AP

Originally published on Wed April 3, 2013 11:46 pm

Ruth Prawer Jhabvala, the Oscar-winning screenwriter and Booker Prize-winning novelist, has died at her home in New York. She was 85.

NPR's Bob Mondello reported on her career for NPR's Newscast Desk:

"With the films of Merchant/Ivory, you tend to think first of period-perfect costumes and settings, but it was Ruth Prawer Jhabvala's scripts that gave them substance. She was witty, cultivated and could be wonderfully precise about class and propriety in her adaptations of, say, E.M. Forster.

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The Two-Way
1:43 pm
Wed April 3, 2013

Brian Banks, Who Was Cleared Of Rape Conviction, Is Signed By Atlanta Falcons

A tear of relief: Brian Banks after his rape conviction was dismissed Thursday.
Nick Ut AP

Originally published on Wed April 3, 2013 3:04 pm

We've told you the story of Brian Banks. He served five years in prison and then five years of probation for a rape conviction that was thrown out in May 2012.

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Author Interviews
12:48 pm
Wed April 3, 2013

The Botched NY Real Estate Deal That Lost 'Other People' Billions

The Peter Cooper Village and Stuyvesant Town apartment complex is seen from Waterside Plaza in 2006, the same year it was sold in a record-breaking real estate deal.
Mario Tama Getty Images

Originally published on Wed April 3, 2013 3:50 pm

The middle-income housing projects Stuyvesant Town and Peter Cooper Village sit on an 80-acre patch of Lower Manhattan. In 2006, they came to epitomize the lunatic excess of the housing boom when their 11,232 apartments sold for $5.4 billion. They were bought at a competitive auction by Tishman Speyer Properties and BlackRock Realty.

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The Salt
12:41 pm
Wed April 3, 2013

What Do We Lose, And Gain, When Reducing A Life To A Recipe?

Detail of The Autumn, a painting of a man made of food by 16th century Italian painter Giuseppe Arcimboldo.
Vittorio Zunino Celotto Getty Images

Originally published on Thu April 4, 2013 6:39 pm

What is the essence of a life? Is it our career accomplishments? Our devotion to friends and family? Our secret little talents and foibles? Is it, perhaps, our killer recipe for beef stroganoff?

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Europe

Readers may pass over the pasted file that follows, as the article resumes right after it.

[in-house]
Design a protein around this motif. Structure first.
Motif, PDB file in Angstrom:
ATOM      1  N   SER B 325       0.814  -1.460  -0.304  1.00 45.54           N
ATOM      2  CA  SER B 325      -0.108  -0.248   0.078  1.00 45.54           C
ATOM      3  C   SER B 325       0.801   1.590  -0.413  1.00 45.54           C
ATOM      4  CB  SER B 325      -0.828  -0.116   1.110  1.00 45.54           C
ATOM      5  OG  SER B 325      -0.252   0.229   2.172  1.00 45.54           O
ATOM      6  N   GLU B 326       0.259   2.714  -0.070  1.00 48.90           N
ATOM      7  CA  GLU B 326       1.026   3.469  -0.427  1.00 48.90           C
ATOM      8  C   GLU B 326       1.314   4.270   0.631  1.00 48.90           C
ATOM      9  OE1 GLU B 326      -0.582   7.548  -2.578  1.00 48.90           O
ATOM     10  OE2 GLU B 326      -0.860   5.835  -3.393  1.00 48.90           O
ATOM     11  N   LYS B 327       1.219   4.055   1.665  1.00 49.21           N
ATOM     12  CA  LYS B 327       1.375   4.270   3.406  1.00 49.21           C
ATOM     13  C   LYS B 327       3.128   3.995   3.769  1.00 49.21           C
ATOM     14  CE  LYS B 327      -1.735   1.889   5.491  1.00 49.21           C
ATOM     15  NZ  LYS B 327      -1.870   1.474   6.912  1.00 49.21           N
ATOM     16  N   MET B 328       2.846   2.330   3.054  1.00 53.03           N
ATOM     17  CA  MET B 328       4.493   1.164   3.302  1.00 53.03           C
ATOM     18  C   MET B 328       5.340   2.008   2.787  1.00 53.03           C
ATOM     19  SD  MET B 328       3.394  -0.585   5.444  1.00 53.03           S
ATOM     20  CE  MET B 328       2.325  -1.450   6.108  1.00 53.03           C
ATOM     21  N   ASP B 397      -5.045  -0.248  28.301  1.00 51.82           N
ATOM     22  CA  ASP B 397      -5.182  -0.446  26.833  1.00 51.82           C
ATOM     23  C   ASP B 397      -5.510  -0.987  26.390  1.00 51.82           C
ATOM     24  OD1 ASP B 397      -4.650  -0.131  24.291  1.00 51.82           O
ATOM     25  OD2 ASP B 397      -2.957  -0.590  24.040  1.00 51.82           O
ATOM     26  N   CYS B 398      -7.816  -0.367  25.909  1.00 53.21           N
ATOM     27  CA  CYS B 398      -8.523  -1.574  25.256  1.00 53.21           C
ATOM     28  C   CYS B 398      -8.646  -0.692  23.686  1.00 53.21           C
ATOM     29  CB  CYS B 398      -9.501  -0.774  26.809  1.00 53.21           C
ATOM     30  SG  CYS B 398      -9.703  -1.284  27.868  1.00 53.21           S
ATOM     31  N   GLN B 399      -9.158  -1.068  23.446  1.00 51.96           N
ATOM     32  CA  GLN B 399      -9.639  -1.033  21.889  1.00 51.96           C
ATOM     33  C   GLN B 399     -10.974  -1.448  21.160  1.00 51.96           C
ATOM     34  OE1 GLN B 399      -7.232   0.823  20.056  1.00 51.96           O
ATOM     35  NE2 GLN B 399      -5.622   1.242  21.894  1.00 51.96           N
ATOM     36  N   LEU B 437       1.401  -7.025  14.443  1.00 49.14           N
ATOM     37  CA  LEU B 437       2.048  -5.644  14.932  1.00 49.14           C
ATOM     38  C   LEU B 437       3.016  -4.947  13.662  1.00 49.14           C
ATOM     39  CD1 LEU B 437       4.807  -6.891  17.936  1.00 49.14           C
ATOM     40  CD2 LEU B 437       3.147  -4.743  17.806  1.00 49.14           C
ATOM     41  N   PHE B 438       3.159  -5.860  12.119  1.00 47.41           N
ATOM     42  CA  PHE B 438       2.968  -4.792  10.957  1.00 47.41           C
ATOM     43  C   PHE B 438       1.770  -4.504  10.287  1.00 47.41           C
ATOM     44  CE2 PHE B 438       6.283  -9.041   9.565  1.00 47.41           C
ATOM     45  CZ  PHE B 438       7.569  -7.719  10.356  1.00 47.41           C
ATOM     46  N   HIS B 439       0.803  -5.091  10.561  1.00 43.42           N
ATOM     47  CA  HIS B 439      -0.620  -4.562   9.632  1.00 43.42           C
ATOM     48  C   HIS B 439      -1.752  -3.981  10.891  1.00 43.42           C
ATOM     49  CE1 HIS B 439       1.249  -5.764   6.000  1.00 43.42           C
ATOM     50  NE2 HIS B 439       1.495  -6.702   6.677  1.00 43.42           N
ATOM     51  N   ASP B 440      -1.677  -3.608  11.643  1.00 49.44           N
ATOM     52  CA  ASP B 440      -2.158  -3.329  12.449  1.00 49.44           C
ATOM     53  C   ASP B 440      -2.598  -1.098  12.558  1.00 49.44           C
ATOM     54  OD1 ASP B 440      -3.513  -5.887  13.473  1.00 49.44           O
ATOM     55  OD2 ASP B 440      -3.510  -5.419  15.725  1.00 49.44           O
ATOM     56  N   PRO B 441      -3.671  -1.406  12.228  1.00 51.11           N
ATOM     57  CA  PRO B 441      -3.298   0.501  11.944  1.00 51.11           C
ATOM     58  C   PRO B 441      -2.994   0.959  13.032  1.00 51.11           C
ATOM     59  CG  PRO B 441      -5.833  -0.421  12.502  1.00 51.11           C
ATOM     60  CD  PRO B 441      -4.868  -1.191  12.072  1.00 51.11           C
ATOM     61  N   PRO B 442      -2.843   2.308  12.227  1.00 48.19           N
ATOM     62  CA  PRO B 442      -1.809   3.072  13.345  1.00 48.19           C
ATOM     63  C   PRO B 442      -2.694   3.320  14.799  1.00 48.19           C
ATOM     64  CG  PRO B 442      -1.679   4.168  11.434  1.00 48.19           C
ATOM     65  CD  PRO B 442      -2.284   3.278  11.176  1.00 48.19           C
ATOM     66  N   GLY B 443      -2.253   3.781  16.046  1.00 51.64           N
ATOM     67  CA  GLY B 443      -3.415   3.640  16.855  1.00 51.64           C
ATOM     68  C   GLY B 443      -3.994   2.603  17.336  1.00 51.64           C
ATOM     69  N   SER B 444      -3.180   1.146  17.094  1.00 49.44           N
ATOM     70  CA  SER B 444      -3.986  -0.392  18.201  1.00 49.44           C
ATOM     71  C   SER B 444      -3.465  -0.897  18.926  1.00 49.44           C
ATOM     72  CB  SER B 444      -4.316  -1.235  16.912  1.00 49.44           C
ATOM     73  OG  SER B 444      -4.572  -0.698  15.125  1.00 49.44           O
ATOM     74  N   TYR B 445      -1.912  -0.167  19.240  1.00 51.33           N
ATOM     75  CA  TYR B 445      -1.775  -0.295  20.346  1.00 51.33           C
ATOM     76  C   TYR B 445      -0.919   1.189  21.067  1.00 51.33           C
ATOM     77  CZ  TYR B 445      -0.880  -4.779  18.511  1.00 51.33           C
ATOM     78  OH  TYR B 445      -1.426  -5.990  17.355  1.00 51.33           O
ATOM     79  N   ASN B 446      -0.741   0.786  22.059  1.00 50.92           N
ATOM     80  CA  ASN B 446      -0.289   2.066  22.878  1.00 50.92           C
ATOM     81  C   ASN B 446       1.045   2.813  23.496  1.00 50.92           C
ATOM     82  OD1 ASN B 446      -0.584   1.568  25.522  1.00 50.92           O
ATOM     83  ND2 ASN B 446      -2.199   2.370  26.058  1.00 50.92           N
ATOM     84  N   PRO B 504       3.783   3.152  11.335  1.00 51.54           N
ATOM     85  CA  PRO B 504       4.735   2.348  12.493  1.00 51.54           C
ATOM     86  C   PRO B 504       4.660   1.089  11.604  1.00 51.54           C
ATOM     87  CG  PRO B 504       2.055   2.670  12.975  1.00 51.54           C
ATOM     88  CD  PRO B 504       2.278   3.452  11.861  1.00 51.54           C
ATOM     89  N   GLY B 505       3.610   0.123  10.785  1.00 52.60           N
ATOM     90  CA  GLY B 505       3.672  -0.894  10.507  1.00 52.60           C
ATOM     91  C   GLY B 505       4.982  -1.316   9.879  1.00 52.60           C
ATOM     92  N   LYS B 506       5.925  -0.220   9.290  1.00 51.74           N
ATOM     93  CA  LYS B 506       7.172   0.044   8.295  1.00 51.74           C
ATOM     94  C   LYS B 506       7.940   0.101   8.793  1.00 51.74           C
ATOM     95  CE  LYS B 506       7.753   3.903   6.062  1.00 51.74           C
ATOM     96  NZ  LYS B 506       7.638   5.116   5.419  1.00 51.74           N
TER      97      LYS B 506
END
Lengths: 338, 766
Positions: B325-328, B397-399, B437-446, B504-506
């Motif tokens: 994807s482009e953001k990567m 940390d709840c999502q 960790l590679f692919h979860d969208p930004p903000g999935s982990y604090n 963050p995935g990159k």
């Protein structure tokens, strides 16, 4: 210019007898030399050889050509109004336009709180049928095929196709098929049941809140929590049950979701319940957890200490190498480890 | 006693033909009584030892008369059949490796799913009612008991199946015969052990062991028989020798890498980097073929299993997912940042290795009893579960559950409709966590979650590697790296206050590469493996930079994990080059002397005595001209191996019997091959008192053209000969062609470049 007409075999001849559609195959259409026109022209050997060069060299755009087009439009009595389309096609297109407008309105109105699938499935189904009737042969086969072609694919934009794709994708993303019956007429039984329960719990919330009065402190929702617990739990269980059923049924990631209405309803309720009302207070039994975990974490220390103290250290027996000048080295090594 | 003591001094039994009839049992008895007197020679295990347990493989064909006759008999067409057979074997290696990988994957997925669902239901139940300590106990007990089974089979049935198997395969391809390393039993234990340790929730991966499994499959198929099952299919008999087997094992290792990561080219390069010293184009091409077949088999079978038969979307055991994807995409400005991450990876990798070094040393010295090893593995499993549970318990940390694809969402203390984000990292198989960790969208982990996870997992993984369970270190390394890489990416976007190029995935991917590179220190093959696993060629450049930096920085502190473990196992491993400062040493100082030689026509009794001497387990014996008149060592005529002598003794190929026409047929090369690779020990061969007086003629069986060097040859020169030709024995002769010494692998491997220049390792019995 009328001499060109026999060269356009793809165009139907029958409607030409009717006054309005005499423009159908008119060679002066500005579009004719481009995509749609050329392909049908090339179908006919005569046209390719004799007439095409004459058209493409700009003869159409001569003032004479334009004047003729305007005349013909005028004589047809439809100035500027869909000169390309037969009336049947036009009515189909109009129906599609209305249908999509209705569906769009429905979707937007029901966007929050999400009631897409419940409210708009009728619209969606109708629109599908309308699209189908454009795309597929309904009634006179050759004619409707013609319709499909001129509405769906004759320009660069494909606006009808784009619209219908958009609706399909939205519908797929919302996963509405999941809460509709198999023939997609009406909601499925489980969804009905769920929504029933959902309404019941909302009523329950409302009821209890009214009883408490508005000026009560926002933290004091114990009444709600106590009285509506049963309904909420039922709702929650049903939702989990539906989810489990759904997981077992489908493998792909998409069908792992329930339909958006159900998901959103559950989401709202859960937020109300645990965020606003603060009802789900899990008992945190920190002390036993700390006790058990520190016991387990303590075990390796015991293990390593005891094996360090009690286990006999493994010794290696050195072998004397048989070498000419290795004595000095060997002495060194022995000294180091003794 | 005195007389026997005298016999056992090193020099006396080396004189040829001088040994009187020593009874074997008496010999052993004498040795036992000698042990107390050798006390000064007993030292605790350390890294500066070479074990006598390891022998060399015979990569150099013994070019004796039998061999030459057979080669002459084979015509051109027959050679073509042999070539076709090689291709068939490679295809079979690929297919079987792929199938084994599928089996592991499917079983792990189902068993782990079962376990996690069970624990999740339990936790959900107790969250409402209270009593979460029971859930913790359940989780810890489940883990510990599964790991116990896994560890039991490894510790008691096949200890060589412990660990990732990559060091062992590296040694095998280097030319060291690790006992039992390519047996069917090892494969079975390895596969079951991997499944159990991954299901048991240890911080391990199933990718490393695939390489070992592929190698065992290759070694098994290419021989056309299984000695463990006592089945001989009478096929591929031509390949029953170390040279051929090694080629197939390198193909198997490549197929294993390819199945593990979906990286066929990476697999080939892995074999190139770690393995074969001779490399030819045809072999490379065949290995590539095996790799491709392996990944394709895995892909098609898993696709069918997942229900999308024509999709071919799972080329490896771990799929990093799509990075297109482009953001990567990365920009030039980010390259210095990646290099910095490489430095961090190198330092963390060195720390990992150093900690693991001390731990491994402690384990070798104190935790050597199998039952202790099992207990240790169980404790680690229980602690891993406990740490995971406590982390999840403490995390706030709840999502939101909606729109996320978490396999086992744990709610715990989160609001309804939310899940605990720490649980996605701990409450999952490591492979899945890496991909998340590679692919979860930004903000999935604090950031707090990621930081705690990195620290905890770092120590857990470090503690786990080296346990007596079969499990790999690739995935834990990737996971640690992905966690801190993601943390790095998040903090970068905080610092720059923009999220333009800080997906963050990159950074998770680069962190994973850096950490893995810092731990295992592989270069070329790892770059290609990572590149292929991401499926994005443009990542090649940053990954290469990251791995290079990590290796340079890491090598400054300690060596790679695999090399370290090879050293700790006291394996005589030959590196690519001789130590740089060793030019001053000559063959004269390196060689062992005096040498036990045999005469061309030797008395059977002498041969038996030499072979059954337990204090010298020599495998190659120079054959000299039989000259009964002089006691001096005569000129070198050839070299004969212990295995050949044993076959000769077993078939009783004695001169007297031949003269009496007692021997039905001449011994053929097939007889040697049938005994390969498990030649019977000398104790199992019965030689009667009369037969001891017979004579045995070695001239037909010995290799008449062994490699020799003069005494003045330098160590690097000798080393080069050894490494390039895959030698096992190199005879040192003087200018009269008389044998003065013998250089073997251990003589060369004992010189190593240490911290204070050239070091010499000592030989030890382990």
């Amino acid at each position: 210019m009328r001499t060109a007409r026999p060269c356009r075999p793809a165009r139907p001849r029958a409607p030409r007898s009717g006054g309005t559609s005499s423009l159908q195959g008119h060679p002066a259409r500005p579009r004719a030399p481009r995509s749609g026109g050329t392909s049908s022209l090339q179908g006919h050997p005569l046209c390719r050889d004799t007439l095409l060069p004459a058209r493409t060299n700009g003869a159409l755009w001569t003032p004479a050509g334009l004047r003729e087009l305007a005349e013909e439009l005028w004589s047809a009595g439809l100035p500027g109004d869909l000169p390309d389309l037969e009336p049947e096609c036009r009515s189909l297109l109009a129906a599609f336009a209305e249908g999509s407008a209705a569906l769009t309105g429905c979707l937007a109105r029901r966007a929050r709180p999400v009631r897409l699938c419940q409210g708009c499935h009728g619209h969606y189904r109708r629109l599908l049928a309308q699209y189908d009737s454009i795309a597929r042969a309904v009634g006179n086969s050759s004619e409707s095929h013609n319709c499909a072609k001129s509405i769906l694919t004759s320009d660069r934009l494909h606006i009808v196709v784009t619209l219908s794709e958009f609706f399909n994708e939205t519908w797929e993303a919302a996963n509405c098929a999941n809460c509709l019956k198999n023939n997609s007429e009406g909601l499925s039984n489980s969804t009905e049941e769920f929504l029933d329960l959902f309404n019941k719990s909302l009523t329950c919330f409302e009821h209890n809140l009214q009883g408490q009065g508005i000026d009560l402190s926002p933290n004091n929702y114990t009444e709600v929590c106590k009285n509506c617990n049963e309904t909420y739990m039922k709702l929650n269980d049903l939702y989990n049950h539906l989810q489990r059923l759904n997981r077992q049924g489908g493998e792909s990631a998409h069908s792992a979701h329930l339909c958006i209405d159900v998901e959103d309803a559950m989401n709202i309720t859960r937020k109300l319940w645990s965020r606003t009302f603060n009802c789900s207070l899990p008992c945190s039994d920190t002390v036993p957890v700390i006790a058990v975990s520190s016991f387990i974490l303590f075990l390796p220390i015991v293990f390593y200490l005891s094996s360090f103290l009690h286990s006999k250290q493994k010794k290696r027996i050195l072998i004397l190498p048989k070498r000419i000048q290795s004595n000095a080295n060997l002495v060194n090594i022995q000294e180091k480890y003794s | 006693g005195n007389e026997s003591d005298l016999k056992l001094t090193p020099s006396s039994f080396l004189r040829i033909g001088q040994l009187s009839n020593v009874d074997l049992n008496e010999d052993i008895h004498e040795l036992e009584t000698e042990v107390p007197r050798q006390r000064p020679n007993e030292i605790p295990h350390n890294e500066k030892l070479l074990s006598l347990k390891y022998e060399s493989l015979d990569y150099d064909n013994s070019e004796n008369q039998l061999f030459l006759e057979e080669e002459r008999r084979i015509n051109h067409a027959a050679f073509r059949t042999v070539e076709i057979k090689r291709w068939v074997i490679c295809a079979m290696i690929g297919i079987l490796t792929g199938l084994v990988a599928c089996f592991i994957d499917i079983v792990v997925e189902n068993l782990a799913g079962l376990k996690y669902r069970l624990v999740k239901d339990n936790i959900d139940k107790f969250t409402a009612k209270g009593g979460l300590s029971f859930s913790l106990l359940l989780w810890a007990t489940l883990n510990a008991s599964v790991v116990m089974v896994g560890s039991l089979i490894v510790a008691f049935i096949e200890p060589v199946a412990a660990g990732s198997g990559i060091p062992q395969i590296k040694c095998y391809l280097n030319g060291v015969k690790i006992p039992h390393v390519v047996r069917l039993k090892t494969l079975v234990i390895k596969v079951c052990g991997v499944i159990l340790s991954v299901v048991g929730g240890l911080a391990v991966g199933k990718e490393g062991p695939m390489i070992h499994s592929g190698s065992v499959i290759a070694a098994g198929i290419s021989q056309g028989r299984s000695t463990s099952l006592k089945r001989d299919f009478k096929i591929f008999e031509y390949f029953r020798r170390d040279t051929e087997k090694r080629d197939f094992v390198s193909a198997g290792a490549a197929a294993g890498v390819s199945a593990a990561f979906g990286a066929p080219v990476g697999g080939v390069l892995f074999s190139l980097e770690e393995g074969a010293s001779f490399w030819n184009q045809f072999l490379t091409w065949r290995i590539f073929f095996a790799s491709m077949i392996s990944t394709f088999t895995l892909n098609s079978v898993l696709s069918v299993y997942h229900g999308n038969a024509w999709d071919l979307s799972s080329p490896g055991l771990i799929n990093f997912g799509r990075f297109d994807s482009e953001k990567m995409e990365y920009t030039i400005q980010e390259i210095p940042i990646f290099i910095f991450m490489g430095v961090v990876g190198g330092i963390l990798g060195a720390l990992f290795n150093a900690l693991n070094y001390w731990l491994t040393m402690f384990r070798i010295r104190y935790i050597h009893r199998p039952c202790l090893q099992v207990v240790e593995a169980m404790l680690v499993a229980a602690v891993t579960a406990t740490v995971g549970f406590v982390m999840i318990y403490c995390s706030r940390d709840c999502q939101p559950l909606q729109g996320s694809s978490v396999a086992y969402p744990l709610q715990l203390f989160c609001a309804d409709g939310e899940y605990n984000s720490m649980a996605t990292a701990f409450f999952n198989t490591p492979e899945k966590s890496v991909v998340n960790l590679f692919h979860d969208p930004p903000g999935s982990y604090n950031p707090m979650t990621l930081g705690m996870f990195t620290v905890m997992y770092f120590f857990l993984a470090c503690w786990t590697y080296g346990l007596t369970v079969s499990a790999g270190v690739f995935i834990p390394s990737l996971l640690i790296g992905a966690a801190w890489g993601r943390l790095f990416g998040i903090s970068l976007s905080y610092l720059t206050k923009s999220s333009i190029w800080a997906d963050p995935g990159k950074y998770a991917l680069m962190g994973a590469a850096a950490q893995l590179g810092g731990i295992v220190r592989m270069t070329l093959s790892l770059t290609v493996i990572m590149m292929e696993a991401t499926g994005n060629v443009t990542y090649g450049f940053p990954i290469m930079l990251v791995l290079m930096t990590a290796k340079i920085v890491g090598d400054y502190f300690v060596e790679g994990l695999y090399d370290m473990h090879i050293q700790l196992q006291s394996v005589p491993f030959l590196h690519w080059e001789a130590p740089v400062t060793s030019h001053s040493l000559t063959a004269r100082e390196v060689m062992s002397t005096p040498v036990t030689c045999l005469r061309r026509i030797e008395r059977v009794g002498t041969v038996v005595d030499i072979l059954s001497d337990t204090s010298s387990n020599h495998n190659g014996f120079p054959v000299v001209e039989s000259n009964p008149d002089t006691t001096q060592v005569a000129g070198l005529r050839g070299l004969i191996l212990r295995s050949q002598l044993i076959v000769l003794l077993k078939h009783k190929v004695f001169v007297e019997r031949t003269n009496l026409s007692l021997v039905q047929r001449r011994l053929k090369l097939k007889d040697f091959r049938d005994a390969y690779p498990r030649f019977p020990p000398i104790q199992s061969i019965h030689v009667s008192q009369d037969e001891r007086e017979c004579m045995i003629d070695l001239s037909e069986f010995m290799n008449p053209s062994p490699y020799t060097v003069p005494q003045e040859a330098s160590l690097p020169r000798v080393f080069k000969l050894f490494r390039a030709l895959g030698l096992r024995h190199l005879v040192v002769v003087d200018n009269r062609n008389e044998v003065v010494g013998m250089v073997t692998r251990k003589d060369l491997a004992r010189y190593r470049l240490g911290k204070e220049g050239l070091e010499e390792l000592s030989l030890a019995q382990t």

12:40 pm
Wed April 3, 2013

Ex-Diplomats: U.S.-Russian Relations Not As Dire As They Seem

Former U.S. and Russian diplomats gather at RIA Novosti in Moscow on Tuesday. From left: former Russian or Soviet ambassadors to the U.S. Vladimir Lukin, Alexander Bessmertnykh and Viktor Komplektov; Sergei Rogov, director of the Institute of USA and Canada; and former U.S. ambassadors to Russia James Collins, Jack Matlock, Thomas Pickering and John Beyrle.
Alexander Zemlianichenko AP

Originally published on Wed April 3, 2013 8:11 pm

Relations between the United States and Russia are testier than they have been in years. The two nations are at odds over human rights, the civil war in Syria and even the adoption of Russian orphans by American families.

But former American diplomats say things aren't as bad as they may seem. They say the two countries should work together on economic and security issues.

Four former U.S. ambassadors to the Soviet Union and Russia were in Moscow this week for talks with their counterparts, former Russian ambassadors to the United States.

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Space
12:40 pm
Wed April 3, 2013

Sensor On Space Station May Have Seen Hints Of Elusive Dark Matter

Astronauts work to install the alpha magnetic spectrometer on the International Space Station on May 26, 2011.
NASA

Originally published on Wed April 3, 2013 3:50 pm

An international team of researchers announced in Switzerland on Wednesday that an experiment on the International Space Station may have seen hints of something called dark matter. The finding could be a milestone in the decades-long search for the universe's missing material.

Only a tiny sliver of stuff in the universe is visible to scientists; the rest is dark matter. Researchers don't know what it is, but they know it's there. Its gravity pulls on the things we can see.